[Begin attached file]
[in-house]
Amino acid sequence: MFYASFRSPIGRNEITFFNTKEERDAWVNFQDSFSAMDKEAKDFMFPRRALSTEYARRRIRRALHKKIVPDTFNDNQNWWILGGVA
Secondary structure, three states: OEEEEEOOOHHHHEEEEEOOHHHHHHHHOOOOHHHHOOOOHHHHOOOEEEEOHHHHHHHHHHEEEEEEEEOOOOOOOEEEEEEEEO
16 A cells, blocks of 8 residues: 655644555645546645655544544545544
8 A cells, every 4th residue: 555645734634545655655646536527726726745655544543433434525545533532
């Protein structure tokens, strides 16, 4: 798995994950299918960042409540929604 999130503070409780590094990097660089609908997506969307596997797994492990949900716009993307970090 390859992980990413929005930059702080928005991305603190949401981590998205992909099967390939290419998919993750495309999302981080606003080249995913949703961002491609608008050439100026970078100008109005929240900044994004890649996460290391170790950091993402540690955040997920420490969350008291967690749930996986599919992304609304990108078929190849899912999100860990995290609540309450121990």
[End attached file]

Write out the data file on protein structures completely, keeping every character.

[in-house]
Amino acid sequence: MFYASFRSPIGRNEITFFNTKEERDAWVNFQDSFSAMDKEAKDFMFPRRALSTEYARRRIRRALHKKIVPDTFNDNQNWWILGGVA
Secondary structure, three states: OEEEEEOOOHHHHEEEEEOOHHHHHHHHOOOOHHHHOOOOHHHHOOOEEEEOHHHHHHHHHHEEEEEEEEOOOOOOOEEEEEEEEO
16 A cells, blocks of 8 residues: 655644555645546645655544544545544
8 A cells, every 4th residue: 555645734634545655655646536527726726745655544543433434525545533532
């Protein structure tokens, strides 16, 4: 798995994950299918960042409540929604 999130503070409780590094990097660089609908997506969307596997797994492990949900716009993307970090 390859992980990413929005930059702080928005991305603190949401981590998205992909099967390939290419998919993750495309999302981080606003080249995913949703961002491609608008050439100026970078100008109005929240900044994004890649996460290391170790950091993402540690955040997920420490969350008291967690749930996986599919992304609304990108078929190849899912999100860990995290609540309450121990």